If you hear that distinct hiss of compressed air leaks when you are walking through your facility, or even if you don’t hear the his and you know that a leak detection action plan is not being practiced and want to find out the best ways to get one in place, contact us. We are always willing to help you determine how to lower the leaks in your facility as well as reduce the system pressure required to keep your lines up and running by implementing engineered solutions at the point of use.
While I was still in college, I worked in a meat processing plant as a Project Engineer in the maintenance department. During my time in the maintenance department I learned the importance of proper maintenance on machines. A meat processing plant is one of the most taxing environments on machines as they will have to survive in extreme cold temperatures to extreme hot temperatures; they are also put through deep sanitation wash downs multiple times a day sometimes for periods of over an hour. The plant really put into perspective the importance of preventative maintenance of machines. This includes utilities such as a boiler and of course your air compressor.
A primary focus to prevent an increased amount of wear on your compressor motor is to seal up compressed air leaks. Leaks can cause the compressor to cycle more often and/or refill receiver tanks on a more frequent basis, causing the motor to run more often. With the motor having to run more often to keep the air present, it will wear down faster. Using EXAIR’s Ultra Sonic Leak detector, leaks can be found in the pipes so that they can be sealed up.
If you have any questions about compressed air systems or want more information on any EXAIR’s of our products, give us a call, we have a team of Application Engineers ready to answer your questions and recommend a solution for your applications.
Cody Biehle Application Engineer EXAIR Corporation Visit us on the Web Follow me on Twitter Like us on Facebook
All compressed air systems will have some amount of leakage. It is a good idea to set up a Leak Prevention Program. Keeping the leakage losses to a minimum will save on compressed air generation costs, and reduce compressor operation time which can extend its life and lower maintenance costs.
The Compressed Air Challenge estimates an individual compressed air leak can cost thousands of dollars per year when using $0.07/kWh.
1/16″ diameter hole in excess of $700/year
1/8″ hole in excess of $2900/year
1/4″ hole in excess of $11,735 per year
There are generally two types of leak prevention programs:
Leak Tag type programs
Seek-and-Repair type programs
Of the two types, the easiest would be the Seek-and-Repair method. It involves finding leaks and then repairing them immediately. For the Leak Tag method, a leak is identified, tagged, and then logged for repair at the next opportune time.
A successful Leak Prevention Program consists of several important components:
Document your Starting Compressed Air Use – knowing the initial compressed air usage will allow for comparison after the program has been followed for measured improvement.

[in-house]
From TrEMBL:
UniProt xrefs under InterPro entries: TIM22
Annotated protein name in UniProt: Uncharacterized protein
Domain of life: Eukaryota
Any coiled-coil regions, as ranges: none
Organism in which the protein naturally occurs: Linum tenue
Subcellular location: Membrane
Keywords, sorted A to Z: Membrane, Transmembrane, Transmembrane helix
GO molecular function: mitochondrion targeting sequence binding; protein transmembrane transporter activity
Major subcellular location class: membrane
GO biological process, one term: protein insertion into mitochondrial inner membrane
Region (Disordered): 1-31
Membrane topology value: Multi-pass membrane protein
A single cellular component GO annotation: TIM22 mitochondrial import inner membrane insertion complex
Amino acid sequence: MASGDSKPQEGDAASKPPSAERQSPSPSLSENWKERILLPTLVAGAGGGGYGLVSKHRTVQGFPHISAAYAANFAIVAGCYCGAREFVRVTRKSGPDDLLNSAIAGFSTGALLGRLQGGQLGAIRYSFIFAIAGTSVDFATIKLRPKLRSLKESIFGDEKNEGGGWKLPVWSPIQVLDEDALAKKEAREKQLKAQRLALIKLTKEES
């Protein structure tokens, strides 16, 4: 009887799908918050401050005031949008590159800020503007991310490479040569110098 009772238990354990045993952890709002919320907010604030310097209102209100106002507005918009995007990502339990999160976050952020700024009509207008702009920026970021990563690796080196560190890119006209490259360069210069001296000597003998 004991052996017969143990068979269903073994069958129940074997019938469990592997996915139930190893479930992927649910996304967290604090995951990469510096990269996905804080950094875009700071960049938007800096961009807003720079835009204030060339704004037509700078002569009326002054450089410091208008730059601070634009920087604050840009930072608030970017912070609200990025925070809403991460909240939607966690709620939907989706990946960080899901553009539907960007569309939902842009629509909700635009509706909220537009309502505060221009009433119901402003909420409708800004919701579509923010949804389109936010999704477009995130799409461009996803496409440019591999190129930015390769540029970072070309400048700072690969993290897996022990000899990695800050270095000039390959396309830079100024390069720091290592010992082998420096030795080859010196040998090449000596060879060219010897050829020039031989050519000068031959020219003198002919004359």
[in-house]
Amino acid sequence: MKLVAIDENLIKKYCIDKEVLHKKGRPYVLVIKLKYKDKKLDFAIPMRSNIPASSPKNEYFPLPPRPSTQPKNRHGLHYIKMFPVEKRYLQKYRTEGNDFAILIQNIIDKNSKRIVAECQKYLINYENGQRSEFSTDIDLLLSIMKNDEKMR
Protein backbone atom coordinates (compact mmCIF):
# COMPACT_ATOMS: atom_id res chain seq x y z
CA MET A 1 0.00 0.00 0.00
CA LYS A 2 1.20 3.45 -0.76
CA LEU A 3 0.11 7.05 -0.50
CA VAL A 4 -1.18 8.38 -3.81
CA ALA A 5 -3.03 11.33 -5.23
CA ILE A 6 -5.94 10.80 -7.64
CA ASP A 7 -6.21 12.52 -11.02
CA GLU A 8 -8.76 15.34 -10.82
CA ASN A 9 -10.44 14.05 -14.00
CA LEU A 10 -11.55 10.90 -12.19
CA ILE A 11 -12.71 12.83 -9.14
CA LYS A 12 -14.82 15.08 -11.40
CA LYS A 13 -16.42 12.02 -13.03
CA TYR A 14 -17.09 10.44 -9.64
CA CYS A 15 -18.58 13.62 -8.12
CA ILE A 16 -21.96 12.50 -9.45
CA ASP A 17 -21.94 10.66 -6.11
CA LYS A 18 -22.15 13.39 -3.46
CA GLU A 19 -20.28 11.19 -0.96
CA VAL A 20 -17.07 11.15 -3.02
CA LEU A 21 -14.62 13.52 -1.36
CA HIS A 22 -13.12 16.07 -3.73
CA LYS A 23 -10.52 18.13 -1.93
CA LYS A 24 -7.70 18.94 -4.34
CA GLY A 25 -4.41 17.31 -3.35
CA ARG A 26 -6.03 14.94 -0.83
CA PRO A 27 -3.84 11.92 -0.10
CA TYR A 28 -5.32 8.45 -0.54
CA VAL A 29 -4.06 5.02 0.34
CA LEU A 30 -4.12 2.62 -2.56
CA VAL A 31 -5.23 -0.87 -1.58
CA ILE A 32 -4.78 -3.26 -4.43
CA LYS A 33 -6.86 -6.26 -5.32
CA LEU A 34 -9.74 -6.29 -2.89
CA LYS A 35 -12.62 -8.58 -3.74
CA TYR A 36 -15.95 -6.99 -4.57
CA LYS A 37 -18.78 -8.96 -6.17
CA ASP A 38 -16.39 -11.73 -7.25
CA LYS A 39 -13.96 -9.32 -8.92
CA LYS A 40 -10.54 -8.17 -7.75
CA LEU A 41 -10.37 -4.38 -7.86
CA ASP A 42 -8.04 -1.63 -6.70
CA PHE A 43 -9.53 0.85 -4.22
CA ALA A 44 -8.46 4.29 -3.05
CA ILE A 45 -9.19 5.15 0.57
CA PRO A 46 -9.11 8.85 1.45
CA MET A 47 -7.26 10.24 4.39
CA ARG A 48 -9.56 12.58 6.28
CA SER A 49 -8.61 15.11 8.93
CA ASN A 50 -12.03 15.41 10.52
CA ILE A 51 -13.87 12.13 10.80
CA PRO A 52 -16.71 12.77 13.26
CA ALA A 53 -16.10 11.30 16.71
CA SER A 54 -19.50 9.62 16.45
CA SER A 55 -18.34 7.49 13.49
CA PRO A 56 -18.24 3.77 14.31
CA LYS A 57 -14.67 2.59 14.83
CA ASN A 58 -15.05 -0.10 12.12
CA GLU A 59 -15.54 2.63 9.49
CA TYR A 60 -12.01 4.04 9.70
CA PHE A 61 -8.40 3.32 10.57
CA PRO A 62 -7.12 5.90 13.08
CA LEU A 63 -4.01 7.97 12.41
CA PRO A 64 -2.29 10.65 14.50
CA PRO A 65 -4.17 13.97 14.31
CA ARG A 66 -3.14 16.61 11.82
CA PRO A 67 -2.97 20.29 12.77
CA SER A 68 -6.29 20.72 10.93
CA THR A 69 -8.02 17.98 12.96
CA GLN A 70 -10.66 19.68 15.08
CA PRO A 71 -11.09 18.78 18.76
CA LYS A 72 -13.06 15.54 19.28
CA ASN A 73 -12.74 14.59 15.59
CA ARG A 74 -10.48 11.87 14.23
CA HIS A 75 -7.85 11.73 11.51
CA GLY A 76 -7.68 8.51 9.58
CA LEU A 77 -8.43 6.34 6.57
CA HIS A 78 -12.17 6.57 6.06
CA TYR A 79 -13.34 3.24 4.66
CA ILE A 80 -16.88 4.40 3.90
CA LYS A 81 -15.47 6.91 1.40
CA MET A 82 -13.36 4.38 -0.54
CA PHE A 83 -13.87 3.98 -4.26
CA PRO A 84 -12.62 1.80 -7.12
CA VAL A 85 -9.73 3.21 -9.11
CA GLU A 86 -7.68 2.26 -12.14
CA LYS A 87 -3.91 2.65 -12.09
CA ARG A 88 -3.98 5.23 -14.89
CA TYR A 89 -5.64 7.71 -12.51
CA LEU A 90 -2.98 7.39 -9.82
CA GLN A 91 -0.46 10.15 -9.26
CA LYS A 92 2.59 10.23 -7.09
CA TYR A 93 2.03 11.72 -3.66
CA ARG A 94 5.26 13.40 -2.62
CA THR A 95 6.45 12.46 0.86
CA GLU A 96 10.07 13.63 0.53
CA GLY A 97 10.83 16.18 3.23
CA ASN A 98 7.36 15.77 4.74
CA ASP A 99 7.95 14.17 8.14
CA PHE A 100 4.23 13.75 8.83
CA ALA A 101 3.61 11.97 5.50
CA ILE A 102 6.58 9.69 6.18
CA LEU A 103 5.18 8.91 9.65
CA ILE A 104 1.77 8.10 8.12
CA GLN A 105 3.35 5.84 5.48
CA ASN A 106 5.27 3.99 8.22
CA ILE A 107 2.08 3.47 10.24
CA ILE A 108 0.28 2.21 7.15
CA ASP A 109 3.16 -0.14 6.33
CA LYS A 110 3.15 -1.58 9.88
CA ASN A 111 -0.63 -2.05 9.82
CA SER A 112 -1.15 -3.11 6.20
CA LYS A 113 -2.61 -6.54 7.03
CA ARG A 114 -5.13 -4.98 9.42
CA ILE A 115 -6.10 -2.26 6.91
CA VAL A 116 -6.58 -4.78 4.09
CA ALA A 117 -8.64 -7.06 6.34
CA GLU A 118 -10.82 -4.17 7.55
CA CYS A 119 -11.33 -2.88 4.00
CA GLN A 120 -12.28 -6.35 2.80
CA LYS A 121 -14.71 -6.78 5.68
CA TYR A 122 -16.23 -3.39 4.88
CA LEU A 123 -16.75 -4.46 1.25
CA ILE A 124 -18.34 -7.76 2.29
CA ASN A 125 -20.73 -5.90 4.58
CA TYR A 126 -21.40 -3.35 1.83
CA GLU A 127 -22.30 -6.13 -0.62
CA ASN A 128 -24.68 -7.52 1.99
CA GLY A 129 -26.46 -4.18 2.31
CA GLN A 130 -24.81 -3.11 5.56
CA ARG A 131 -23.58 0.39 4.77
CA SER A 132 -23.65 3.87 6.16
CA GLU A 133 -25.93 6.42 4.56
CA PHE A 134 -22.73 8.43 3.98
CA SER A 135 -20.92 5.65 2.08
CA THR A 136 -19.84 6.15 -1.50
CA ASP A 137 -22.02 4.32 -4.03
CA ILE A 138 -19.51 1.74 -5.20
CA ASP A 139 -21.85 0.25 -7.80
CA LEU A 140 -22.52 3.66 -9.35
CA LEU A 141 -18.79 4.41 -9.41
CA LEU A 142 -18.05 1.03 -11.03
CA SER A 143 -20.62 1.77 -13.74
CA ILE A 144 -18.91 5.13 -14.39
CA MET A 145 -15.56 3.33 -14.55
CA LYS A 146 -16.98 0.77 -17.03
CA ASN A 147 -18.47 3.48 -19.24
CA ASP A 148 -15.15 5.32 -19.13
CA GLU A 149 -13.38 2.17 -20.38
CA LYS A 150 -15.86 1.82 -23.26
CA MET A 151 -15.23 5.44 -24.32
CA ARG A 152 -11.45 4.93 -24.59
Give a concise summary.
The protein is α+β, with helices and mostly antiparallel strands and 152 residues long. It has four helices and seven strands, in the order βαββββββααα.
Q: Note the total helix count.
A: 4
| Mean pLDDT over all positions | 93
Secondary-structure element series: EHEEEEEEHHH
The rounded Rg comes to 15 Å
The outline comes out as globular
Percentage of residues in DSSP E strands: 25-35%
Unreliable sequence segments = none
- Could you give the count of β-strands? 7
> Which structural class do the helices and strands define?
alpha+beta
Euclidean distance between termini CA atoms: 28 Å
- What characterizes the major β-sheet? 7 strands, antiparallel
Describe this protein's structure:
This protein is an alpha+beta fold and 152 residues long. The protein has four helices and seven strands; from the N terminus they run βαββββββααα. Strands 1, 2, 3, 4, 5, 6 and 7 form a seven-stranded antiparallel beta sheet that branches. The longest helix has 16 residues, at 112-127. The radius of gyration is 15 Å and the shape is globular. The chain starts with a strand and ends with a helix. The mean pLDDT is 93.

Establishment of initial leak loss – See this blog for more details.
Determine the cost of air leaks – One of the most important components of the program. The cost of leaks can be used to track the savings as well as promote the importance of the program. Also a tool to obtain the needed resources to perform the program.
Find the leaks – Leaks can be found using many methods. Most common is the use of an Ultrasonic Leak Detector, like the EXAIRModel 9061. See this blog for more details. An inexpensive handheld meter will locate a leak and indicate the size of the leak.
Record the leaks – Note the location and type, its size, and estimated cost. Leak tags can be used, but a master leak list is best. Under Seek-and-Repair type, leaks should still be noted in order to track the number and effectiveness of the program.
Plan to repairs leaks – Make this a priority and prioritize the leaks. Typically fix the biggest leaks first, unless operations prevent access to these leaks until a suitable time.
Record the repairs – By putting a cost with each leak and keeping track of the total savings, it is possible to provide proof of the program effectiveness and garner additional support for keeping the program going. Also, it is possible to find trends and recurring problems that will need a more permanent solution.
Compare and publish results – Comparing the original baseline to the current system results will provide a measure of the effectiveness of the program and the calculate a cost savings. The results are to be shared with management to validate the program and ensure the program will continue.
Repeat As Needed – If the results are not satisfactory, perform the process again. Also, new leaks can develop, so a periodic review should be performed to achieve and maintain maximum system efficiency.
An effective compressed air system leak prevention and repair program is critical in sustaining the efficiency, reliability, and cost effectiveness of an compressed air system.
If you have questions about a Leak Prevention Program or any of the 16 different EXAIR Intelligent Compressed Air® Product lines, feel free to contact EXAIR and myself or any of our Application Engineers can help you determine the best solution.